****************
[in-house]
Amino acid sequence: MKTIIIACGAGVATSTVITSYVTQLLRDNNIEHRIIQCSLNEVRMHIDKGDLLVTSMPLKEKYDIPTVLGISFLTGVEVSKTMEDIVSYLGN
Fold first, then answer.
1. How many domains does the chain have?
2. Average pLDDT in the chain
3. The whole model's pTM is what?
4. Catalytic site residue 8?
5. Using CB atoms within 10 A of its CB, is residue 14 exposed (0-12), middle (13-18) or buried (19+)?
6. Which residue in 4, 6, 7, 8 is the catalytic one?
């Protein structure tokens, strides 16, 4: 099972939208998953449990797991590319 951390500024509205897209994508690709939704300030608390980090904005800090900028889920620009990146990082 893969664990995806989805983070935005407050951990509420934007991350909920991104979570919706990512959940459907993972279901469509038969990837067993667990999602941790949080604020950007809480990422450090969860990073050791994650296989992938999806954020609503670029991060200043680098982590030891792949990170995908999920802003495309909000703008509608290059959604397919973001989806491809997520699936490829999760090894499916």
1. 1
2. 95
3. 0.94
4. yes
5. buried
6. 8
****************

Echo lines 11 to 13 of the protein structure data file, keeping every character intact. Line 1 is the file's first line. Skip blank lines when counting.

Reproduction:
1. 1
2. 95
3. 0.94